Upload photos of land cover change around you; join the open challenge from Sept 22 to Oct 1
Are you a citizen scientist bothered about the environment? Do you want to share your photos or data in a global project to map the Earth? Then this new tool is for you. Starting September 2018 NASA has started a global world land map project where common people can be part of a project to create more detailed satellite-based global maps of land cover by sharing photos of the world around them.
The project is a part of GLOBE Observer, an international citizen science initiative to understand the environment around us. The scientific community has easy access to Landsat satellite data but face limitations when it comes to verifying the same with ground reference photographs. The observations from around the world complement NASA satellite observations to help scientists track changes in clouds, water, plants, and other life in support of climate research.
The GLOBE Observer app, which was initially introduced two years ago, includes a new “Land Cover: Adopt a Pixel” module that enables citizen scientists to photograph with their smartphones the landscape, identify the kinds of land cover they see around them (even trees, rivers etc.), and then match their observations to available satellite data. Users can also share the knowledge of the local environment around them and how it has changed.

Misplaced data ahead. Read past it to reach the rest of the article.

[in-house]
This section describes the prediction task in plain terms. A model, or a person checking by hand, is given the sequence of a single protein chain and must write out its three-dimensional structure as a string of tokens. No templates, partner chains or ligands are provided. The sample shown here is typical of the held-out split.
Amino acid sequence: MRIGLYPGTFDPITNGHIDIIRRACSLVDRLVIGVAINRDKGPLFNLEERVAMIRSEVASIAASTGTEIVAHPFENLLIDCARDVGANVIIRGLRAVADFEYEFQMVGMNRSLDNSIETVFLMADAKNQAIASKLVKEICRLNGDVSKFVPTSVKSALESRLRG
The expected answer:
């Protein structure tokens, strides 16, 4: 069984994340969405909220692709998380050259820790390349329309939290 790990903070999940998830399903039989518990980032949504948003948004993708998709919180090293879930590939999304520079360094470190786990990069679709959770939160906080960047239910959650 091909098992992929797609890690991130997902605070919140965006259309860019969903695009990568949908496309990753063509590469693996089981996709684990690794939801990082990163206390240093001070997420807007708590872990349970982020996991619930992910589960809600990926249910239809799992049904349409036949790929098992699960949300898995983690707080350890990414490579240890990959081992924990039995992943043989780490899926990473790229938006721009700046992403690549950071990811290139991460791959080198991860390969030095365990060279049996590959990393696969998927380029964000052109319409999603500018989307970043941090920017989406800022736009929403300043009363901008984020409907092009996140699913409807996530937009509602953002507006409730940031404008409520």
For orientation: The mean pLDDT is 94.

The “Adopt a Pixel” initiative is designed to fill in details of the landscape that are too small for global land-mapping satellites to see. For instance, the most detailed satellite-based maps of global land cover are in hundreds of meters per pixel, which means that the green space in your neighborhood may be just too tiny to show up on the global map.
Open challenge for citizens
To kickstart the project, GLOBE Observer has launched an open challenge for citizen scientists to map as much land as possible between September 22 (the Public Lands Day in the US) and October 1 which is NASA’s 60th anniversary. Top 10 contributors who map the most land during this period will receive a certificate of appreciation from GLOBE Observer and also be recognized on social media and.
“Citizen scientists will be contributing photographs focused on a 50-meter area in each direction, adding observations of an area up to about the size of a soccer field,” Holli Kohl, coordinator for the project, said in a statement. This information is important because land cover is critical to many different processes on Earth and contributes to a community’s vulnerability to disasters like fire, floods or landslides.
To participate, just download the app, which is available for free on Google Play or the App Store, register, and open the Land Cover module, an interactive tutorial will teach you how to make land cover observations.
The GLOBE Observer Land Cover is easy to use, and one can simply take photos with a smartphone and submit them. One also has the option of classifying the landscape in the photos and match it to satellite data.
The data will be accessible to all, not just scientists, so that more people are aware of the environmental changes around them. The data will be available to anyone through the GLOBE website.